Tuesday, November 20, 2012


I found an interesting threat about D&D Next/5E on Enworld regarding exploration rules.

Apparently 5E has identified three core game tasks:  combat, exploration, and interaction.  The problem is that the game has historically focused on different pillars (I'd argue OD&D on Exploration and later editions more on Combat).

The thread identifies a few problems with exploration type tasks or skill challenges (whatever you want to call them).  I distilled them down into a few key points here and added a few of my own.

  • Participation -- Only Weakest Matters.  Historically exploration tasks are dominated by the LEAST capable member of a party.  It doesn't member of four of the PCs have sneak checks of plus three million if there's a stinky dwarf in plate mail clunking along.  In all editions I've seen this mitigated by either (A) copious amounts of spells (i.e. the wizard casts invisibility, fly, and silence on the dwarf...) or (B) "Team Sneaky" (the 100% elf & halfling party in 1E, a bunch of optimized characters for 3E or 4E, etc).  Even more simply, having a 12" move is irrelevant if there's a 6" move person trundling down the trail with you.  This is different from combat -- every D&D party that wants to someday have Sleep figures out how to keep the pointy hat wizard (useless in combat) alive for at least a little while in 1E.
  • Participation -- Only Strongest Matters.  Alternatively, some exploration tasks are capable of being handled by one PC (example -- climb a cliff to affix a rope for everyone to climb).  Then everyone else is pretty much irrelevant.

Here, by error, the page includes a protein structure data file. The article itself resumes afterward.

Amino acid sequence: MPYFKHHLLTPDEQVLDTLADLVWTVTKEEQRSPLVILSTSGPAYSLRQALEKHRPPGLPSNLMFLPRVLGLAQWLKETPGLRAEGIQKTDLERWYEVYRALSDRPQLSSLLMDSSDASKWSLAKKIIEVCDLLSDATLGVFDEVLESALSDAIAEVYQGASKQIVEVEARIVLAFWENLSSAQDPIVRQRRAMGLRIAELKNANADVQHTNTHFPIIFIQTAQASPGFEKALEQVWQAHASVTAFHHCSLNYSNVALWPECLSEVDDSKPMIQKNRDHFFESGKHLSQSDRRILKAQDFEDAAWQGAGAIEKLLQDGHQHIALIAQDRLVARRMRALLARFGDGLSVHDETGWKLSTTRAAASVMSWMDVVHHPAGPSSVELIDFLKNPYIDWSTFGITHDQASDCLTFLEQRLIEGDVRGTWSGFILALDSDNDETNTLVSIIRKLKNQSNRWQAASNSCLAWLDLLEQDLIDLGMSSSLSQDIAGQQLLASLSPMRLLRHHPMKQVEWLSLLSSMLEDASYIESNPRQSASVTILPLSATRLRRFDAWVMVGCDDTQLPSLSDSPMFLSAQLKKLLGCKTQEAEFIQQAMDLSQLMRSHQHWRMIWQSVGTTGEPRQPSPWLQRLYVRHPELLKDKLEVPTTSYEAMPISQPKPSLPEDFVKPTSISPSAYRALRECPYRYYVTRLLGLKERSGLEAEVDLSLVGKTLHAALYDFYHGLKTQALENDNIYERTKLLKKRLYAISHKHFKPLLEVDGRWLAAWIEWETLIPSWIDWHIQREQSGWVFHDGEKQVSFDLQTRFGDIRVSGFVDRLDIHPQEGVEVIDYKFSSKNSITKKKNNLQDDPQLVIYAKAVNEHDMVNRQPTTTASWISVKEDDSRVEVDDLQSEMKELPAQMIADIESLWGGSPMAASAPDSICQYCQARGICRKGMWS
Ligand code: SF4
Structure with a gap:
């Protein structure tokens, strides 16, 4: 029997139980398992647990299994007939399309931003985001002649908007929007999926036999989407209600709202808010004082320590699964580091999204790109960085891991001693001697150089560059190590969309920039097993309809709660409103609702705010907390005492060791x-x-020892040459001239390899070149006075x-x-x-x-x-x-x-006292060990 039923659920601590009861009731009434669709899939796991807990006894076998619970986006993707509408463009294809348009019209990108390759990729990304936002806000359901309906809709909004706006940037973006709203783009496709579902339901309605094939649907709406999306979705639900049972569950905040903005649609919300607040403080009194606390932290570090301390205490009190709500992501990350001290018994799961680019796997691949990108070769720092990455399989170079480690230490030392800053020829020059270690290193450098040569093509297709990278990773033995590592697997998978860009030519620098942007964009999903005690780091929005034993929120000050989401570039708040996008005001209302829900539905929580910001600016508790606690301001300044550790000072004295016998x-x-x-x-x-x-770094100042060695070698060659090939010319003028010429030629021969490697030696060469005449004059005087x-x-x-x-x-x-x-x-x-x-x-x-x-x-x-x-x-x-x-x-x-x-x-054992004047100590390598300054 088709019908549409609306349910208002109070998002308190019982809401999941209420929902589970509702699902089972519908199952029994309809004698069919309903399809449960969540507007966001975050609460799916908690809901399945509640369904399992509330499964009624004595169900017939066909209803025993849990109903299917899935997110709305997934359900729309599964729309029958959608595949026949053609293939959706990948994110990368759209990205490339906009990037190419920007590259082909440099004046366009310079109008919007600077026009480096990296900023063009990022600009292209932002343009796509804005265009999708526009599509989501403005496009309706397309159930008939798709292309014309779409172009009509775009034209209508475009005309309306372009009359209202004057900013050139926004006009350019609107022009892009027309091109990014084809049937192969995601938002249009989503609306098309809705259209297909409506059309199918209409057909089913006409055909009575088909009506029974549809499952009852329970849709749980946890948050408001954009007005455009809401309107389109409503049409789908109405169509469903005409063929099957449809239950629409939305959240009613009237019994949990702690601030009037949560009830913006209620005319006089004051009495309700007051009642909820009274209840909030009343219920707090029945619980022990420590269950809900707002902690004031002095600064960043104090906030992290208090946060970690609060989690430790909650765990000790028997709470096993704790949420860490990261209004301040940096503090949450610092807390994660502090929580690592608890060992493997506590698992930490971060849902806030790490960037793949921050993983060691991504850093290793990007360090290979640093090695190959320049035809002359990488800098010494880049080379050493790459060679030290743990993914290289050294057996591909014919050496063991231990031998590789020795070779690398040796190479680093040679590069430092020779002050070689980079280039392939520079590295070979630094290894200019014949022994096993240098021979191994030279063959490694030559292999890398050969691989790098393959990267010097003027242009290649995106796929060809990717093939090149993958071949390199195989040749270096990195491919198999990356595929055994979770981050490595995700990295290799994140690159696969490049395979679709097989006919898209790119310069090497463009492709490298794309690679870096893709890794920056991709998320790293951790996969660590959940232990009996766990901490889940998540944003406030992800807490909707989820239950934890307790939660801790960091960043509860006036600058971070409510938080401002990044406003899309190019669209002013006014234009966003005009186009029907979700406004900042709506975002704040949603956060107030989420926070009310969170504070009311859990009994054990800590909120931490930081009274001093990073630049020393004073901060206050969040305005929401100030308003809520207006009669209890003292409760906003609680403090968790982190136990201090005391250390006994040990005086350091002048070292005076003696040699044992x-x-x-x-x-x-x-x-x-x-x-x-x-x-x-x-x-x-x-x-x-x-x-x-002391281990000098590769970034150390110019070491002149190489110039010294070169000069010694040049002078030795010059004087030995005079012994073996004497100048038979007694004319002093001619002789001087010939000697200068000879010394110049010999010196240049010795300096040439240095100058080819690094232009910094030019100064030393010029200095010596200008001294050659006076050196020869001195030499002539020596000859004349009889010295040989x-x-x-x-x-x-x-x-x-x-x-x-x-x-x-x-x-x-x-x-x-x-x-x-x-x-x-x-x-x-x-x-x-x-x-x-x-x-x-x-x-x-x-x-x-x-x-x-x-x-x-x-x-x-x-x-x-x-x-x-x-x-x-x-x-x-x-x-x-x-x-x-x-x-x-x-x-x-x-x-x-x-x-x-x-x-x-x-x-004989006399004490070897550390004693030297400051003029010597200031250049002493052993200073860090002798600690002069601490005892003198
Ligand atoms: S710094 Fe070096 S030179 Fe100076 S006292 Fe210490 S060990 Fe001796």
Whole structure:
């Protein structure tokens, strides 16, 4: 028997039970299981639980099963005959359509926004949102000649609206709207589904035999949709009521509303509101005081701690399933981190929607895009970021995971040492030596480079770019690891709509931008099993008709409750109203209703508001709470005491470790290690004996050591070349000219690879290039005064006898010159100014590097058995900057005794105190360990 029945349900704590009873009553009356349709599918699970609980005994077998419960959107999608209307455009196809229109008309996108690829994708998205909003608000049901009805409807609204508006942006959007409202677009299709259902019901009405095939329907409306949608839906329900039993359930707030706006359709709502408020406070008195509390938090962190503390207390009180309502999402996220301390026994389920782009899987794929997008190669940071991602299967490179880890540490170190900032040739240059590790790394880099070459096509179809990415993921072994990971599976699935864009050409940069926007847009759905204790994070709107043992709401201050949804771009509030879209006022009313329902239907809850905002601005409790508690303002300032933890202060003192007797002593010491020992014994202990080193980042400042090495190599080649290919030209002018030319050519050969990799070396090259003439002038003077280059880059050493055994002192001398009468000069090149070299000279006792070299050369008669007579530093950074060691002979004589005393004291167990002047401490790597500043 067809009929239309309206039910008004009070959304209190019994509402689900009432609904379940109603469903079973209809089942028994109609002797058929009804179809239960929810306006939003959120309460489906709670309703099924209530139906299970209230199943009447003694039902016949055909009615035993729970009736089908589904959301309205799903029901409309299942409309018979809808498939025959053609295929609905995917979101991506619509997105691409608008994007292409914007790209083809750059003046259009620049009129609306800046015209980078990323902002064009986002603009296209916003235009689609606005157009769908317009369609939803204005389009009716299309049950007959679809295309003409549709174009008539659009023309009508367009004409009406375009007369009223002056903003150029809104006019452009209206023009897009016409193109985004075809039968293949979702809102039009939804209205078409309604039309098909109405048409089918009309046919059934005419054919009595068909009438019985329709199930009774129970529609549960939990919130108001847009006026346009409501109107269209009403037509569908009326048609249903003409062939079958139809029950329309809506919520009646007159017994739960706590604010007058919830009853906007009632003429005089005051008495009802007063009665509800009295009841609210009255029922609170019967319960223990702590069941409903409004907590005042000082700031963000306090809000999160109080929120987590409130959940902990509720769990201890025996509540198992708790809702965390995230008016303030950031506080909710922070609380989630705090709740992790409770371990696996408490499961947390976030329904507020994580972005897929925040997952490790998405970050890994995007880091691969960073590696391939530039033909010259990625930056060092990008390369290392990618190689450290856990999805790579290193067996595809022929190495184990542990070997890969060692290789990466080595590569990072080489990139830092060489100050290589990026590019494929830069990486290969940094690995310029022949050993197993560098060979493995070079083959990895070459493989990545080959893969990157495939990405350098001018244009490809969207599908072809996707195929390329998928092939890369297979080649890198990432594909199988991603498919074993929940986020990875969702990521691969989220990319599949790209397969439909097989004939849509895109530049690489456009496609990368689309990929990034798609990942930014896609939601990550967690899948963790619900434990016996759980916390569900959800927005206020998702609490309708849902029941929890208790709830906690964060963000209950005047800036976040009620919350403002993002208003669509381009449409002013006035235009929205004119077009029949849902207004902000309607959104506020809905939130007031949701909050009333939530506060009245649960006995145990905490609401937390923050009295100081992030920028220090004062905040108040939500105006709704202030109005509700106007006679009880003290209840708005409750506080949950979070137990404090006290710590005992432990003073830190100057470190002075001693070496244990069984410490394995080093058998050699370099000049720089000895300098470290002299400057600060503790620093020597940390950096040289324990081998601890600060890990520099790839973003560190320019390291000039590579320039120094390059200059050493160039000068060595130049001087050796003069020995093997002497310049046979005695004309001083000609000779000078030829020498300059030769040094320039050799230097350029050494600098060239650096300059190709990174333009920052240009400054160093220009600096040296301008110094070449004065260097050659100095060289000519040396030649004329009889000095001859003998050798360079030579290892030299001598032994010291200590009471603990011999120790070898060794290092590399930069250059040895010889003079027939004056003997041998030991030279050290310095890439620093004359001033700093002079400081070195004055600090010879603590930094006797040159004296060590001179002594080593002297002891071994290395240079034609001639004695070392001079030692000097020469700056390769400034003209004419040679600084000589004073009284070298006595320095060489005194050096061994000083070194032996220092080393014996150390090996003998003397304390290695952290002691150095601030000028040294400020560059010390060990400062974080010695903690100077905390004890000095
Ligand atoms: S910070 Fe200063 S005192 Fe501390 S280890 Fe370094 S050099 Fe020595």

• Lack of mechanics.  1E had a good number of mechanics for exploration but they've kind of dropped off.  Without concrete mechanics, player skill exceeds character niche in importance.
  • Lack of dynamism or two parties.  In a fight, the orcs swing back.  In exploration, the environment rarely gets a vote.  Who has honestly cared if it rained in an RPG?  This makes things very static and unsatisfying.
  • Risk/Reward problems.  Often exploration is harshly punished.  "Thou shalt not split the party!" is a hard learned lesson of 1E.  It also neuters the scout types.  Meanwhile, poor exploration often results in resource sapping random encounters.  The incentives need to be set up properly.
  • Details...  and irrelevant details.  Sometimes there is a huge emphasis on exploration related logistics.  I remember spreadsheet upon sheet for 1E adventuring parties tracking food, water, etc.  Sadly, once casters reach level X, various needs become irrelevant.   Create Water?  Create Food?  Heck, at some levels, you even get Airy Water (create Air).  Once the cleric has Create Food & Water the fiddly starvation rules are goneskies.  Likewise, "Knock" makes rogues fairly irrelevant for many tasks.
Up next:  some ideas to address these issues.

1 comment:

DL said...

I look forward to hearing more about this. I think satisfying exploration is the unkept promise of D&D to a large extent.

Don't forget meaningless choice (much "exploration" boils down to 'left or right?')